Appraisal Video: (3:11)
GUEST: When I first started getting tattooed, I met a gentleman who tattooed me in Iowa. And as his health wasn't doing too well, he knew that I was just intrigued by the art, and he offered to, you know, sell it to me, if I promised to just hold onto them and preserve them. And since then I have become a tattoo artist, and looking at this stuff and doing the research of who these people are got me interested in tattooing. And ten years later, I'm still tattooing, so...
APPRAISER: Well, that's wonderful. And what we have here is vintage tattoo flash and some design work. These are the designs that the tattoo artists would have in their shops. And people would pick out, you know, what they liked, and then they'd go for it. Now, we have some really interesting tattoo artists represented here, correct?
GUEST: Yes. Over there you've got a drawing by Sailor Jerry Collins, who tattooed all over the world, but ended up in Honolulu and tattooed a lot of the sailors out there during the war. You've got Cap Coleman over here, who everyone looked up to. His motto was "Bold Will Hold," so he kept it very simple with a lot of black shading. Black pigment held the longest out of color. They knew the secret of putting enough black into a tattoo so that ten, 20, 30, 40, 50 years from now the tattoo still looks like how it did the day you got it. A gentleman by the name of Eddie Peace, they called him Tex Peace, who still has a shop in Augusta, Georgia, with a third-generation tattooer. Stony St. Clair, tattooed in Columbus, Ohio. He was in a wheelchair. He was a sword swallower in the circus, and Cap Coleman had taught him how to tattoo. Bert Grimm, another tattooer who tattooed all over, but ended up tattooing on the Pike in Long Beach. And then you've got Percy Waters over there, who was one of the main distributors in tattoo supplies.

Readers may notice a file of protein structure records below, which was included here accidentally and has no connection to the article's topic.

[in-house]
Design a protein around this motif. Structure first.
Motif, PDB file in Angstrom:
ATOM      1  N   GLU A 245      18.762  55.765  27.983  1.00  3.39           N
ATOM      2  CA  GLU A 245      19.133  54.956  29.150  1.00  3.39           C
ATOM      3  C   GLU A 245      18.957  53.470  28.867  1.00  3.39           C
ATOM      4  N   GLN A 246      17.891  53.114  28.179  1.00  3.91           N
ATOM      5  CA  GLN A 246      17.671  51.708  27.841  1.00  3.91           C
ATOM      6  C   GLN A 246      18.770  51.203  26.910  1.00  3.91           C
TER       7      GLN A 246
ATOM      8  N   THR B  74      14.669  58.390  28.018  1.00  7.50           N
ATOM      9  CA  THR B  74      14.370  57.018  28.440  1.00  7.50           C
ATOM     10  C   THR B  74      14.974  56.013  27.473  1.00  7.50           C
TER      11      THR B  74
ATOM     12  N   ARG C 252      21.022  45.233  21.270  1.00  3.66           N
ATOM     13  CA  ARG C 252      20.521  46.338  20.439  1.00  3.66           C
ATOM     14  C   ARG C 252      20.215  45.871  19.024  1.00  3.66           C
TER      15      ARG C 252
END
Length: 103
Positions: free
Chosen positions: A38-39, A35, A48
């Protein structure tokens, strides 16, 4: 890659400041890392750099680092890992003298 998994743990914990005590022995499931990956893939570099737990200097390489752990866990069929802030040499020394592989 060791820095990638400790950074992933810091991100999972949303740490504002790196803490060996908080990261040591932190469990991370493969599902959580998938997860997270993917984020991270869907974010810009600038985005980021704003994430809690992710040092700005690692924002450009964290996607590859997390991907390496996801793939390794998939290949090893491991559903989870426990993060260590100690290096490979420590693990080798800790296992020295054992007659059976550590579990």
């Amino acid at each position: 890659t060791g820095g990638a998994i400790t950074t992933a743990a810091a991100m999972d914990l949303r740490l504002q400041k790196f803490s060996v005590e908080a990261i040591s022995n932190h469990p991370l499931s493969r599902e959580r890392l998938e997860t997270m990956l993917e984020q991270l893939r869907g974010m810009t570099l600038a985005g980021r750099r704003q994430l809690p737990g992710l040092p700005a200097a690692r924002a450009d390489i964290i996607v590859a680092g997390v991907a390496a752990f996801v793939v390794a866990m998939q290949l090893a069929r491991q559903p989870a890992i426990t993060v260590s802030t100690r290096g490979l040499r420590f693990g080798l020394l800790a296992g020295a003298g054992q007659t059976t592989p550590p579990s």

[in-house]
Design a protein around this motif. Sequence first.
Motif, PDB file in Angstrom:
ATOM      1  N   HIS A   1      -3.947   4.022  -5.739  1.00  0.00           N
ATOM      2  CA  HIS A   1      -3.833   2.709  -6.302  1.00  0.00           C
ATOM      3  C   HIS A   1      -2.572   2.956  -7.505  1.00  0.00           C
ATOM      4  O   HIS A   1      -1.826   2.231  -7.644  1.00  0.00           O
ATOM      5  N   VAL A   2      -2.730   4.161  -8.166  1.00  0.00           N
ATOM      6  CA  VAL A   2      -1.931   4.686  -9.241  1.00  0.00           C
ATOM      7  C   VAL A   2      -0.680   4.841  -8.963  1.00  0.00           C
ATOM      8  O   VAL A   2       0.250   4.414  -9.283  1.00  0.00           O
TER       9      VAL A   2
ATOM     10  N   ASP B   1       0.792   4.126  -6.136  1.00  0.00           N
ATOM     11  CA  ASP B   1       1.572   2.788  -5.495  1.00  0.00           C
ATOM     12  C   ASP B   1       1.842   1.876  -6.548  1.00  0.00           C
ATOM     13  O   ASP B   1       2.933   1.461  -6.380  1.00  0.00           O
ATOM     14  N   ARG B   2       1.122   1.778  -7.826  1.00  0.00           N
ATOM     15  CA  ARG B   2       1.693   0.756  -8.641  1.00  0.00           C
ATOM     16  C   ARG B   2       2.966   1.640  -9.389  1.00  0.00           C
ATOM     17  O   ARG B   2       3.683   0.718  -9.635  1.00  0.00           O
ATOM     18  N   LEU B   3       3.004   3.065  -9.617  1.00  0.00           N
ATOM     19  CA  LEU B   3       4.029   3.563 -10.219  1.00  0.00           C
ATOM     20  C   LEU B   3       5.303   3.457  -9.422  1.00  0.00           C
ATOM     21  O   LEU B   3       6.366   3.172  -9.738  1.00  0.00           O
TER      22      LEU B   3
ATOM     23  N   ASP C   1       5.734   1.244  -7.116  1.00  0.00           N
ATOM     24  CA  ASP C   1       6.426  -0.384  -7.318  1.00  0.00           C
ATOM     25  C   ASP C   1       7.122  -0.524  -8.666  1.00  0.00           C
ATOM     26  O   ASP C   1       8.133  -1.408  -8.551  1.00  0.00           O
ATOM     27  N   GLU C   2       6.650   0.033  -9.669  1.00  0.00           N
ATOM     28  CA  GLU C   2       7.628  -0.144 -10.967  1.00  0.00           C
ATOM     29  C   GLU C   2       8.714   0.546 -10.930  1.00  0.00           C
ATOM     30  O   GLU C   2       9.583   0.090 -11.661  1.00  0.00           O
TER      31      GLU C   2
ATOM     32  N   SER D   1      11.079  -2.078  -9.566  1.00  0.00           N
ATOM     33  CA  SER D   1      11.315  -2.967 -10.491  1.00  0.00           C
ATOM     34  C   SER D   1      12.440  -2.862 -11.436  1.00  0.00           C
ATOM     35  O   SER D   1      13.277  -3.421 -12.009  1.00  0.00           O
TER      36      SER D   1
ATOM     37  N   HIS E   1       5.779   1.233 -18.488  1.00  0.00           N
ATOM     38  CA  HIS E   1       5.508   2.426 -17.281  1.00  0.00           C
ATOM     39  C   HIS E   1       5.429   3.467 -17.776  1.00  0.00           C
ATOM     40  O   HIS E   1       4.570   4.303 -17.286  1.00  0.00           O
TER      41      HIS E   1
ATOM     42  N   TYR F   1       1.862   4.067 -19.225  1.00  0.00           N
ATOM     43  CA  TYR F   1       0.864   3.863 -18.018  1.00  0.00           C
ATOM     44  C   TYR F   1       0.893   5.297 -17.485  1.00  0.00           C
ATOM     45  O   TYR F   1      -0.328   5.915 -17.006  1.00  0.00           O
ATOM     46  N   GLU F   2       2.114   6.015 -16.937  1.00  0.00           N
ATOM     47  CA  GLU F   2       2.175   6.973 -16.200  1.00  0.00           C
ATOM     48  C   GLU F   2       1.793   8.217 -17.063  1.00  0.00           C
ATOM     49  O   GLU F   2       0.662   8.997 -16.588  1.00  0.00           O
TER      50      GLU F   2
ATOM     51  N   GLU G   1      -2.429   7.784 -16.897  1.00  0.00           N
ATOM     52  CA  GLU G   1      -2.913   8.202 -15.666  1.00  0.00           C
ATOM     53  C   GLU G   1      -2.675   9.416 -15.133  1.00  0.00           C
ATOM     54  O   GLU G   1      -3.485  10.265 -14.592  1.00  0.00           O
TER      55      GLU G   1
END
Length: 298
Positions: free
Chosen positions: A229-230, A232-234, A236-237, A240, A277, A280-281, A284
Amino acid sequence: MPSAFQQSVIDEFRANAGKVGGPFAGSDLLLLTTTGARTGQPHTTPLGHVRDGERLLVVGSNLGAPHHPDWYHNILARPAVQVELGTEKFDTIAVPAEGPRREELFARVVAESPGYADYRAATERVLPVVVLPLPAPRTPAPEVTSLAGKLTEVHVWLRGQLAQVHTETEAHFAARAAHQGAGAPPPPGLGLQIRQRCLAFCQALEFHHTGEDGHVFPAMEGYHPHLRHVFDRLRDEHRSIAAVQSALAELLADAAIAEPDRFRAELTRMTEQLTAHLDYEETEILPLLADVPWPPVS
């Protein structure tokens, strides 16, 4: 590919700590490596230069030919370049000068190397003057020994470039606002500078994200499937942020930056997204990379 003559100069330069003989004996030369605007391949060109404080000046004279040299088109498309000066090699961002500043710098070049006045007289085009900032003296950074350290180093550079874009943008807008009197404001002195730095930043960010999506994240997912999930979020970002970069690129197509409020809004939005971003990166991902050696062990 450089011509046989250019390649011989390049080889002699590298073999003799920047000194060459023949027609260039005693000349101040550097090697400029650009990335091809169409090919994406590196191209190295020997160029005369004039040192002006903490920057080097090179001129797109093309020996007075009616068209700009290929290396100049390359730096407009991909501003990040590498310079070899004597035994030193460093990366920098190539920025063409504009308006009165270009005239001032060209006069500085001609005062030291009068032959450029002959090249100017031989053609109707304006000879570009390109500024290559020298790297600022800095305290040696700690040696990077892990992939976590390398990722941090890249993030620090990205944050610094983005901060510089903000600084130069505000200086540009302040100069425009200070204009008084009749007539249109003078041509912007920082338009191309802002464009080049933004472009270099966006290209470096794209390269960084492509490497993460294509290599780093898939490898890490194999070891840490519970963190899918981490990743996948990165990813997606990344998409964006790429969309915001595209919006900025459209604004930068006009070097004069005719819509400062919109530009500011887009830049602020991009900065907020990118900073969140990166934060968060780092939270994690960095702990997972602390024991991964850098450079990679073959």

APPRAISER: And what about the one with the blue background here? What do you know about that?
GUEST: Well, I really don't know much about it. A lot of tattooers back then really didn't sign their art. They didn't really think anything of it, because back then, tattoos were very taboo.
APPRAISER: And boy, today the popularity of tattoo art has just skyrocketed. And it's such a wonderful thing to see these beautiful vintage examples, all hand painted, hand drawn. And you're dealing with art from the '30s, the '40s, the '50s, the '60s.
GUEST: Mm hmm.
APPRAISER: It's really quite a remarkable collection. How much did you pay for it?
GUEST: It came with a bunch of other equipment. I gave him $500 for it, which at the time was a lot, but I knew that it was something that was special.
APPRAISER: With the popularity and the interest and the rarity of this material, you have an amazing collection now. This is just some examples of the collection. You have more. A collection like this I would insure for $15,000, $20,000, somewhere in that range.
GUEST: Oh, my gosh, wow.
APPRAISER: Yeah, it's a remarkable collection.
GUEST: Wow, that's great. Oh, wow. Oof. That's exciting.